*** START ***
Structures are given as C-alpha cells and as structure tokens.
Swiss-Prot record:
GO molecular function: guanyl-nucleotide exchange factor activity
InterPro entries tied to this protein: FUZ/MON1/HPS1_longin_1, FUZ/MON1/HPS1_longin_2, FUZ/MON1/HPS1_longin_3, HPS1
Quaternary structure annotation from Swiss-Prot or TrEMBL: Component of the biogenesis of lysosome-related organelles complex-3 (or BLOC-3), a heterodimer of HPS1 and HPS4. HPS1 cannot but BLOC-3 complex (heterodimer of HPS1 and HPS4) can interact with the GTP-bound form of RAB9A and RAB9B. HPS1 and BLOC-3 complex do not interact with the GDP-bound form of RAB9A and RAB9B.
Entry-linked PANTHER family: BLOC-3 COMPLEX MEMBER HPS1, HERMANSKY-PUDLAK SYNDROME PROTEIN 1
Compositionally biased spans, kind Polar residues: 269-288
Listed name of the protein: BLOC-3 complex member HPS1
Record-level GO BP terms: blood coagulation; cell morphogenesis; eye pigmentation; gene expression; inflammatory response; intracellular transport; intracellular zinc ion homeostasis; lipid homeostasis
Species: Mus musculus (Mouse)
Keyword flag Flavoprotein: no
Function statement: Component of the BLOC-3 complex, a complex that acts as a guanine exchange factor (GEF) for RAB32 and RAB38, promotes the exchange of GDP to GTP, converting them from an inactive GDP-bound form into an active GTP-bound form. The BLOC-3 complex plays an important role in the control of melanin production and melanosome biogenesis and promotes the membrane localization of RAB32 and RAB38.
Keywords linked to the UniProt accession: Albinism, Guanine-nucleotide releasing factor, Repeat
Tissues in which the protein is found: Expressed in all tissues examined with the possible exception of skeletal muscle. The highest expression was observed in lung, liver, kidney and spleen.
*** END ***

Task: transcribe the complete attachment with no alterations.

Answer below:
Structures are given as C-alpha cells and as structure tokens.
Swiss-Prot record:
GO molecular function: guanyl-nucleotide exchange factor activity
InterPro entries tied to this protein: FUZ/MON1/HPS1_longin_1, FUZ/MON1/HPS1_longin_2, FUZ/MON1/HPS1_longin_3, HPS1
Quaternary structure annotation from Swiss-Prot or TrEMBL: Component of the biogenesis of lysosome-related organelles complex-3 (or BLOC-3), a heterodimer of HPS1 and HPS4. HPS1 cannot but BLOC-3 complex (heterodimer of HPS1 and HPS4) can interact with the GTP-bound form of RAB9A and RAB9B. HPS1 and BLOC-3 complex do not interact with the GDP-bound form of RAB9A and RAB9B.
Entry-linked PANTHER family: BLOC-3 COMPLEX MEMBER HPS1, HERMANSKY-PUDLAK SYNDROME PROTEIN 1
Compositionally biased spans, kind Polar residues: 269-288
Listed name of the protein: BLOC-3 complex member HPS1
Record-level GO BP terms: blood coagulation; cell morphogenesis; eye pigmentation; gene expression; inflammatory response; intracellular transport; intracellular zinc ion homeostasis; lipid homeostasis
Species: Mus musculus (Mouse)
Keyword flag Flavoprotein: no
Function statement: Component of the BLOC-3 complex, a complex that acts as a guanine exchange factor (GEF) for RAB32 and RAB38, promotes the exchange of GDP to GTP, converting them from an inactive GDP-bound form into an active GTP-bound form. The BLOC-3 complex plays an important role in the control of melanin production and melanosome biogenesis and promotes the membrane localization of RAB32 and RAB38.
Keywords linked to the UniProt accession: Albinism, Guanine-nucleotide releasing factor, Repeat
Tissues in which the protein is found: Expressed in all tissues examined with the possible exception of skeletal muscle. The highest expression was observed in lung, liver, kidney and spleen.